I read a question this week about presenting a state based on if a service account was logged on to a machine or not. There are a couple of different ways to do that. We will need a monitor in both of them, as we want to present a state. You could solve it with a monitor running a script, checking current logged on users. You could also solve it with a monitor checking log-on and log-out events.

If you want to do it with two events and running server 2008 you could look at even 4624 (an account was successfully logged on) and 4647 (User initiated log-off). To configure a monitor like that you follow the steps below. This example will configure a monitor to generate an alert if not the CONTOSO\svc-contoso-service account is logged on.

  1. In the console, navigate to Authoring/Management Pack Objects
  2. Right-click monitors and create a new Simple Event Detection/Windows Event Reset monitor
  3. Choose a suitable management pack, not the default management pack. Click Next
  4. Input a name, a target and choose a parent monitor. Click Next
  5. Event Log (Unhealthy Event). Select Security as event log name. Click Next
  6. Event Expression (Unhealthy Event). Select Event ID equals 4647 and EventDescription Contains CONTOSO\svc-contoso-service. Click Next
  7. Event Log (Healthy Event). Select Security as event log name. Click Next
  8. Event Expression (Healthy Event). Select Event ID equals 4624 and EventDescription Contains CONTOSO\svc-contoso-service. Click Next
  9. Configure Health. Click Next
  10. Configure Alert. Check the “Generate alerts for this monitor” check box. Click Create
  11. By default this new monitor will be forced to healthy state first. This mean we will not get an alert until the account log off. In other words, if there is a machine where this account is not logged on right now, Operations Manager will not notice it. It is only looking for the log-in and log-off event. To generate an alert we first need to log-on with the account, in this example CONTOSO\svc-contoso-service, then log-out again. The monitor will then go into unhealthy state.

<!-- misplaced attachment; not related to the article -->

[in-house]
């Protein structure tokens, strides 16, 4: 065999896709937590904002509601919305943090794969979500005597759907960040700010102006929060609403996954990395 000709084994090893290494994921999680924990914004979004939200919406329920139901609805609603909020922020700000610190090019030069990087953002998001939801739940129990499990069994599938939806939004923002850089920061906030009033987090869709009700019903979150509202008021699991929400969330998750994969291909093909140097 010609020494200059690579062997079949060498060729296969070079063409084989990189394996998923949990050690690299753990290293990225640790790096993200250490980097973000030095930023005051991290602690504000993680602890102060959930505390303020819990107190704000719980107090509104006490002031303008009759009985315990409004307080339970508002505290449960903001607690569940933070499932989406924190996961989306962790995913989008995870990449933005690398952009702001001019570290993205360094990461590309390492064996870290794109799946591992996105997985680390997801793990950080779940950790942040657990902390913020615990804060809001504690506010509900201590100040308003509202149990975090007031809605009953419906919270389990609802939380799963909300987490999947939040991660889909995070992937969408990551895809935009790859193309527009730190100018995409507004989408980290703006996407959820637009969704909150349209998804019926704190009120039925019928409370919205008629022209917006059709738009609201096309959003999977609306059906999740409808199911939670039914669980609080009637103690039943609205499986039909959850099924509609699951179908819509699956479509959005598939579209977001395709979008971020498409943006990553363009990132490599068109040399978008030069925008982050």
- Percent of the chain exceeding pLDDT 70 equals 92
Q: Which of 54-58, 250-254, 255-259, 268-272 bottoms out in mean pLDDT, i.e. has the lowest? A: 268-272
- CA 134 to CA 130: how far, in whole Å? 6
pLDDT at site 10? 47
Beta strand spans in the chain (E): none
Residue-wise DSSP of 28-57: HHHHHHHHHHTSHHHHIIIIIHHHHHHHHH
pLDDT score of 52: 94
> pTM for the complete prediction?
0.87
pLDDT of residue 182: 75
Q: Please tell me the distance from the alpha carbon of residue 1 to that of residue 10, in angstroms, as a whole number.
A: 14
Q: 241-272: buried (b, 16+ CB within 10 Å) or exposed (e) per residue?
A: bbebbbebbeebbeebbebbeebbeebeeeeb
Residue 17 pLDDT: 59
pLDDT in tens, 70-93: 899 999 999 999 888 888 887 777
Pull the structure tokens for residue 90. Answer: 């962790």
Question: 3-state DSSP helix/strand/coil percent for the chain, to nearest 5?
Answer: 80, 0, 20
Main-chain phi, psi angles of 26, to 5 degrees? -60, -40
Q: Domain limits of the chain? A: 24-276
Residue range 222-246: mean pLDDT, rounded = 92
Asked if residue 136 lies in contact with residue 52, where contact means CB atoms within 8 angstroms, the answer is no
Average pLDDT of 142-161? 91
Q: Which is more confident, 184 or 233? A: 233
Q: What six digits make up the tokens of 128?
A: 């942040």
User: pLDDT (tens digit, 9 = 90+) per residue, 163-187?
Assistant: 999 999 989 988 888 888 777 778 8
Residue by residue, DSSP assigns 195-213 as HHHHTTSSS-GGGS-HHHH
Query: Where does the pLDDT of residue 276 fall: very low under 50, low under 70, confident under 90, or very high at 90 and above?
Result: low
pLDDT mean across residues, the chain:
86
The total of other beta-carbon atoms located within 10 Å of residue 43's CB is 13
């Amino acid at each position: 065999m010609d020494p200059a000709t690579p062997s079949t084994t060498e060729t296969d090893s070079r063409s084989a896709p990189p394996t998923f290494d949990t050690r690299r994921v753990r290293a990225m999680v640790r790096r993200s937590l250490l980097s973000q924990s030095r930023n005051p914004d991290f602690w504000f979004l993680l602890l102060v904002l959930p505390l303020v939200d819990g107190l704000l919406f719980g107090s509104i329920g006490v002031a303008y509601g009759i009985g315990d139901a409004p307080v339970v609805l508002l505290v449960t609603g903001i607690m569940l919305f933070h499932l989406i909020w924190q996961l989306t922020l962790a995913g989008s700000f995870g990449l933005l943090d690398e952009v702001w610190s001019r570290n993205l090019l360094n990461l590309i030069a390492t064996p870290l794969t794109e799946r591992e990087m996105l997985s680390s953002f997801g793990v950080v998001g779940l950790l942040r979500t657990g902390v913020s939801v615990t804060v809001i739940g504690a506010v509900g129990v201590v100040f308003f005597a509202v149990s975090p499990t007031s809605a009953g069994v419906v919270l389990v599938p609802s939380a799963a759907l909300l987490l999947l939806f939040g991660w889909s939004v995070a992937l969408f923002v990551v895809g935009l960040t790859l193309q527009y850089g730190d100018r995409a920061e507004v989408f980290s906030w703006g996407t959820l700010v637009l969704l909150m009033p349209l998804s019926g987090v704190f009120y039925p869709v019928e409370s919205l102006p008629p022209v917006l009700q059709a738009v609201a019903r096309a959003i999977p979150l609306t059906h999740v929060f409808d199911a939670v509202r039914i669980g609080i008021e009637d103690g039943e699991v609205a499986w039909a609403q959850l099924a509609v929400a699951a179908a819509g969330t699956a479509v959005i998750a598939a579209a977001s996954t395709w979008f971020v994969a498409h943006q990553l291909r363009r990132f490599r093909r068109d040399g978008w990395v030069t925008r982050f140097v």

The second way to solve this is with a script. To configure a monitor like that you follow the steps below

  1. In the console, navigate to Authoring/Management Pack Objects
  2. Right-click monitors and create a new Scripting/Generic/Timed Script Two State Monitor
  3. Choose a suitable management pack, not the default management pack. Click Next
  4. Input a name, a target and choose a parent monitor. Click Next
  5. Schedule. Configure how often you want the script to run, to see if the account is logged on. Dont configure it to run to often, check your organization requirements. Click Next
  6. Script. Input a script name, for example accountcheck.vbs. Paste the script into the script text field. You can download the script here. One of the first lines in the script configure which account to check. Don’t forget to update it. Click Next
  7. Unhealthy Expression. Input
    Property[@Name=’Status’] Does not equal OK
    Click Next
  8. Healthy Expression. Input
    Property[@Name=’Status’] Equals OK
    Click Next
  9. Health. Click Next
  10. Configure Alert. Check the “Generate alerts for this monitor” check-box and input a alert description. Click Create

If you need to display the account status in a distributed application it is easiest if you can target the monitor to a new customer class. The health model of the class will then be only this monitor, in other words the class instance health it will only show the status of the account.  

Thanks to Guy Thomas for his script that I adapted.